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Non-dino Mesozoic papers: Metoposaurus vertebrae, Saurichthys skeleton, Adocus in Central Asia

From: Ben Creisler

A number of new or recent non-dino Mesozoic papers that may be of
interest to some:

D. Konietzko-Meier, A. Bodzioch and P. M. Sander (2013)
Histological characteristics of the vertebral intercentra of
Metoposaurus diagnosticus (Temnospondyli) from the Upper Triassic of
Krasiejów (Upper Silesia, Poland).
Earth and Environmental Science Transactions of the Royal Society of
Edinburgh (advance online publication)
DOI: http://dx.doi.org/10.1017/S1755691013000273

Osteohistological characteristics of the large temnospondyl amphibian
Metoposaurus diagnosticus from the Upper Triassic of Poland (Krasiejów
locality) were determined using vertebral intercentra thin-sections
from different regions and growth stages. The intercentra showed a
trabecular structure in both the endochondral and periosteal domains.
Endochondral ossification developed first, and the primary bone occurs
near the periphery with a higher degree of remodelling in the centre.
Periosteal bone deposition begins later; first on the ventral side,
continuing laterally and finally onto the dorsal side. Periosteal
growth rate was initially very rapid, and then subsequently decreased
in rate. In all sections, numerous remains of calcified cartilage are
visible, which may indicate a juvenile, paedomorphic or plesiomorphic
character. The four histologic ontogenetic stages (HOS) of sampled
vertebrae were determined based on growth marks. Most of the sampled
bones belong to juvenile individuals (HOS 1 to 3), apart from one
atlas and the largest anterior dorsal intercentrum, which represent
the oldest described stage (HOS 4). Sharpey's fibres are preserved in
ventro-lateral cortical regions, around parapophyses and on the
posterior side of the neural arch.


Erin E. Maxwell, Heinz Furrer & Marcelo R. Sánchez-Villagra (2013)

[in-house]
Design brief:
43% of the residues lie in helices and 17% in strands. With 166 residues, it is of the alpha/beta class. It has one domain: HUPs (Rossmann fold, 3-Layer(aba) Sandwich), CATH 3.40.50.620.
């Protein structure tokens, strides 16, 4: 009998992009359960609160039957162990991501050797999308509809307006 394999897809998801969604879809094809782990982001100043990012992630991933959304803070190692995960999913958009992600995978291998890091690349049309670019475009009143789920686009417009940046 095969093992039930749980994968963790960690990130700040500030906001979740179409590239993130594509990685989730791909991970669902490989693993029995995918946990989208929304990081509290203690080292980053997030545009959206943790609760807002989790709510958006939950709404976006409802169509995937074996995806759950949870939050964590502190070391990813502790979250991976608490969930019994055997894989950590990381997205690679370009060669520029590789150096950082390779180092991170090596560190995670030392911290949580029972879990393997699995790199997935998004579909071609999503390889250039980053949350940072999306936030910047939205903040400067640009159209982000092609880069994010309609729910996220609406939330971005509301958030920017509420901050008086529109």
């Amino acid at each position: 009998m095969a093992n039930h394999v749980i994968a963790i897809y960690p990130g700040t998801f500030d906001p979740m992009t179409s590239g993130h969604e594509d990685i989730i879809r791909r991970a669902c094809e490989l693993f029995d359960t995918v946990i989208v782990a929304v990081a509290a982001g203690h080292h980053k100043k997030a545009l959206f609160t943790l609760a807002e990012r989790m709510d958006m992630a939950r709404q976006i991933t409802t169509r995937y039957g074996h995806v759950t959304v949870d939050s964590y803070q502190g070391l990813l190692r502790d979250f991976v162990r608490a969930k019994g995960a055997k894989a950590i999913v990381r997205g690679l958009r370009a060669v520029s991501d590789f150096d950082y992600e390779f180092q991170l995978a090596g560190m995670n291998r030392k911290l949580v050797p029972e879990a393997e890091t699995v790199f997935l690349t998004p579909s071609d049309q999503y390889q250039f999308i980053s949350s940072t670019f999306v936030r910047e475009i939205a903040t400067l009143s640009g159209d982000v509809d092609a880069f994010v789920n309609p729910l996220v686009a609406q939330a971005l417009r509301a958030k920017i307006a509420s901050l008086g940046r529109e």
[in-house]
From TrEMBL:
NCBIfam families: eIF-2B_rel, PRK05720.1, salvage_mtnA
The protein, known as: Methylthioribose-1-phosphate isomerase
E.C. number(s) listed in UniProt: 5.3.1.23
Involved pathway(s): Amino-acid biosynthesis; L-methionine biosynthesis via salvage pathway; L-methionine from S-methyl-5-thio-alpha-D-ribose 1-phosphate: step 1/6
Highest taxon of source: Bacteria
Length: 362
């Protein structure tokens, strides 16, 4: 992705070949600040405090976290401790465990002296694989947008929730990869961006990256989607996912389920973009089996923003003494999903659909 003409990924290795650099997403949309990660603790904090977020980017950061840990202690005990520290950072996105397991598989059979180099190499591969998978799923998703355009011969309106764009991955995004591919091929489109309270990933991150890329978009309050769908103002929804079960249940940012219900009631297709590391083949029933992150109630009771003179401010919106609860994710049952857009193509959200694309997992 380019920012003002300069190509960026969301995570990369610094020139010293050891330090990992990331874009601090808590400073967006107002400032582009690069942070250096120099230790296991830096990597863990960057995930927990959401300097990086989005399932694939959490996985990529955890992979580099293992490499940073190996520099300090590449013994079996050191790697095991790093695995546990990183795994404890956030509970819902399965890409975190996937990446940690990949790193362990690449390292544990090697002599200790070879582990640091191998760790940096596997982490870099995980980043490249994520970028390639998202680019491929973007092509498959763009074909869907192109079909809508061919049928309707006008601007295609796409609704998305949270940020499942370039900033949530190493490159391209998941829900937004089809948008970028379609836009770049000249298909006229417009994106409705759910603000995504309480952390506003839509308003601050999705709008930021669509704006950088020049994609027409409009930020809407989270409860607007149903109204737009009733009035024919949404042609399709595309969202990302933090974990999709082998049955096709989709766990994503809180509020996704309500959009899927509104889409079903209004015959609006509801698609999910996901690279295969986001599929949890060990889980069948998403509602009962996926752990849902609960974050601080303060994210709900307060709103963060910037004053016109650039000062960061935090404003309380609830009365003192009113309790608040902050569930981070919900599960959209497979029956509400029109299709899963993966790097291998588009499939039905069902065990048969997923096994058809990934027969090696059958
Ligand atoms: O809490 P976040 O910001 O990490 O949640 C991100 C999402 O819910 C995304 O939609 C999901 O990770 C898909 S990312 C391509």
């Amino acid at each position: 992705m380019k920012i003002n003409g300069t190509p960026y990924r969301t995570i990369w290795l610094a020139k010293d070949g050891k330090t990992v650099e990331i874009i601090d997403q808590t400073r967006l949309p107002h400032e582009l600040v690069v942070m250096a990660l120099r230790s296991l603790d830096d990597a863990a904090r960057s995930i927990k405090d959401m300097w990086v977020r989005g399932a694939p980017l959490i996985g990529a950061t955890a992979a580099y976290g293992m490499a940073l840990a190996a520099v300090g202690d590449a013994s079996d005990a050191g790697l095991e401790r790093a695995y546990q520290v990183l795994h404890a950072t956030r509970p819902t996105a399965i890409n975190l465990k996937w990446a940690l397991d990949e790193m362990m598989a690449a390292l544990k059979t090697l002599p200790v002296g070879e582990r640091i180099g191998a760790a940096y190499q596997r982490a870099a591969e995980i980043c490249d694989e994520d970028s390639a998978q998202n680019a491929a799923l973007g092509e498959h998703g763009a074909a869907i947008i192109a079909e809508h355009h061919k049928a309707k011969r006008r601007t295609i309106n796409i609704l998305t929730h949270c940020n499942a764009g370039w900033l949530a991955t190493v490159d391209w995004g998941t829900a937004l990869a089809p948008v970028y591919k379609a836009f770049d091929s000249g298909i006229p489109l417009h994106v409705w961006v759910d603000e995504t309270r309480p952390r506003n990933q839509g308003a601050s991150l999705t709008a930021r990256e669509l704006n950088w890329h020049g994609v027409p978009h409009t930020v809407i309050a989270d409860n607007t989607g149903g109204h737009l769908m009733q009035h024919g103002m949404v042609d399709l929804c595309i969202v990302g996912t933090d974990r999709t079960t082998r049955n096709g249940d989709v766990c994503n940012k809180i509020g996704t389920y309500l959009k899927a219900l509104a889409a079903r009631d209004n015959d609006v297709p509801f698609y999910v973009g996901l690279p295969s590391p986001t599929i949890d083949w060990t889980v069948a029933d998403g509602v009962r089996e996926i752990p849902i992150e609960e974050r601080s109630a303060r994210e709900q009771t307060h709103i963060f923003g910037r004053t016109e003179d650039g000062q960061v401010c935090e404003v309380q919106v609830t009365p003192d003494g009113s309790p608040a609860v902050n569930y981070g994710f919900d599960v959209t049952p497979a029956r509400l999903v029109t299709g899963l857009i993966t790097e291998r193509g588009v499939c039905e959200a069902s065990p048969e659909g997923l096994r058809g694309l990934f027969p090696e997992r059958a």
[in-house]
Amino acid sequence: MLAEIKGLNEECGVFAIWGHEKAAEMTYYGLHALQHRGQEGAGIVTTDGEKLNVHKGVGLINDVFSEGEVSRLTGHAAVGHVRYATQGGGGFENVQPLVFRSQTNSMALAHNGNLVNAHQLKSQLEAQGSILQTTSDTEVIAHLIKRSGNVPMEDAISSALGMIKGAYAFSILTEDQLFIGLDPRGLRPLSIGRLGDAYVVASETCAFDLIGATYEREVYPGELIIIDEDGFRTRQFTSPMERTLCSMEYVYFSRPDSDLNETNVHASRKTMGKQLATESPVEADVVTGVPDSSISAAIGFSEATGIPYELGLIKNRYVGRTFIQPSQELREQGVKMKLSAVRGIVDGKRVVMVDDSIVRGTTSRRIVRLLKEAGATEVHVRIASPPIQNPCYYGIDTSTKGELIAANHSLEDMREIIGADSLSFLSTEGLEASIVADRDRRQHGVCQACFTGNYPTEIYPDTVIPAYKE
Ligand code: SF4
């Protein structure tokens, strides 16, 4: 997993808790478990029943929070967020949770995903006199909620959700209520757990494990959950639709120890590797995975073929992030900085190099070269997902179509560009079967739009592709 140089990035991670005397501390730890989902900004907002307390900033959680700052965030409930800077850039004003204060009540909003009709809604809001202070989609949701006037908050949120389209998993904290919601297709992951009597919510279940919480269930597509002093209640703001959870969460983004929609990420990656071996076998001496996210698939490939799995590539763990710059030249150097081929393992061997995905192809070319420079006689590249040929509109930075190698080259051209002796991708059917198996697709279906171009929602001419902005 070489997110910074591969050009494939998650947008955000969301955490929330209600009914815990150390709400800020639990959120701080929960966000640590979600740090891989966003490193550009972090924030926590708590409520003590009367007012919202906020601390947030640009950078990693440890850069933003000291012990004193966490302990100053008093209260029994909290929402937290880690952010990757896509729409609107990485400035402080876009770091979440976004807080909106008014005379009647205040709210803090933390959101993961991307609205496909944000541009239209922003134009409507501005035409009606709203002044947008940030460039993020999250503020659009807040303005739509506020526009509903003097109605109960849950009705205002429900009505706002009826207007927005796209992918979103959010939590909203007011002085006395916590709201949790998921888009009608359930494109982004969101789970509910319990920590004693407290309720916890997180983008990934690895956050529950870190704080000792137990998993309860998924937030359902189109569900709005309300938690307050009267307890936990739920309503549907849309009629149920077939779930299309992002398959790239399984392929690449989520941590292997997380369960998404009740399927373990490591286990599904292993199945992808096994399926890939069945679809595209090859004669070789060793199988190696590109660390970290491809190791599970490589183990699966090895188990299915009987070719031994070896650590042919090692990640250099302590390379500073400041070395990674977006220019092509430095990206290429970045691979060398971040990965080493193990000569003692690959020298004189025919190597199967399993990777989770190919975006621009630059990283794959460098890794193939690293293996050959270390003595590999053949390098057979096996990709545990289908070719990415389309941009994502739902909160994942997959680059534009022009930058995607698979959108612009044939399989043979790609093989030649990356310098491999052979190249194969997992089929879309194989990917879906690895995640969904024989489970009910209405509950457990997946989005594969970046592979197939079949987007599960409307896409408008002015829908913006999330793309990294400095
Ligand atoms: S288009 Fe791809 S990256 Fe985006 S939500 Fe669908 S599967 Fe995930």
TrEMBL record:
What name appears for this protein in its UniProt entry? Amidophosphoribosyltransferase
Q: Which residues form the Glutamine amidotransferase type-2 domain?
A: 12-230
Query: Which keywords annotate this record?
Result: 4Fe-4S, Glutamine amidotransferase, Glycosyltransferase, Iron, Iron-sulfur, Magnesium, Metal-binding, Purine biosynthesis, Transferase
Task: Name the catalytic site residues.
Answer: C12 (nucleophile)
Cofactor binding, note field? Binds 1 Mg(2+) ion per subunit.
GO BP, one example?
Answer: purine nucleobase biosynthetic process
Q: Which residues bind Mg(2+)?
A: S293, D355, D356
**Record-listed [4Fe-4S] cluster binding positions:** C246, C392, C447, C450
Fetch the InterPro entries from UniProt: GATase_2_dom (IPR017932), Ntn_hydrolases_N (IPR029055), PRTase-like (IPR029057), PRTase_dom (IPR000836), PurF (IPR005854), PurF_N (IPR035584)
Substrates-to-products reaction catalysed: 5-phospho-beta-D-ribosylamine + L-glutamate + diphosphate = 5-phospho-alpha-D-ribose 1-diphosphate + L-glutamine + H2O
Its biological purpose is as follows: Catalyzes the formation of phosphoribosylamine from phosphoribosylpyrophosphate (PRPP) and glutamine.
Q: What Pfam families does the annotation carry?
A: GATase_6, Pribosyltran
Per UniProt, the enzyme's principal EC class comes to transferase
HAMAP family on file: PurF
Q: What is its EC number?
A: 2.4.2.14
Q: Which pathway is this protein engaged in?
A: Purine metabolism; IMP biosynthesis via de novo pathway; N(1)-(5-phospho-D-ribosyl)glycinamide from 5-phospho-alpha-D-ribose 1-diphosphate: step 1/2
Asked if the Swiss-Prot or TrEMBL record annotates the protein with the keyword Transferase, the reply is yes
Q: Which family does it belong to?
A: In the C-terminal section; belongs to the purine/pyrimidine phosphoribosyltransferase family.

Exceptional fossil preservation demonstrates a new mode of axial
skeleton elongation in early ray-finned fishes.
Nature Communications 4: 2570

Elongate body plans have evolved independently multiple times in
vertebrates, and involve either an increase in the number or in the
length of the vertebrae. Here, we describe a new mechanism of body
elongation in saurichthyids, an extinct group of elongate early
ray-finned fishes. The rare preservation of soft tissue in a specimen
of Saurichthys curionii from the Middle Triassic (Ladinian) of
Switzerland provides significant new information on the relationship
between the musculature and the skeleton. This new fossil material
shows that elongation in these fishes results from doubling the number
of neural arch-like elements per myomeric segment. This unique way of
generating an elongate body plan demonstrates the evolutionary
lability of the vertebral column in non-teleostean fishes. The shape
and arrangement of preserved myosepta suggest that S. curionii was not
a highly flexible fish, in spite of the increase in the number of
neural arch-like elements.


E.V. Syromyatnikova and I.G. Danilov (2013)
New material and phylogenetic position of Adocus bostobensis, a poorly
known adocid turtle from the Late Cretaceous of Kazakhstan.
Proceedings of the Zoological Institute 317(2): 195-201
free pdf:

This paper presents a description of a new material of Adocus
bostobensis, a poorly known adocid turtle from the Late Cretaceous of
Kazakhstan. The new material of A. bostobensis comes from the Bostobe
Formation (Santonian –  early Campanian) of Shakh-Shakh II locality
(northeastern Aral Sea area, Kazakhstan) and includes about 30 shell
fragments and several elements of non-shell postcrania, potentially,
from a single individual. This material allows us to reveal some
previously unknown characters of Adocus bostobensis, improve its
diagnosis and include this species in a phylogenetic analysis of
Adocusia (Adocidae + Nanhsiungchelyidae) for the first time. The
phylogenetic analysis places A. bostobensis in a clade with A. aksary
and A. amtgai (both from the Late Cretaceous of Asia).  Finally, our
study demonstrates presence of at least two different lineages of
Adocus (A. bostobensis and A. foveatus) in the Santonian of Western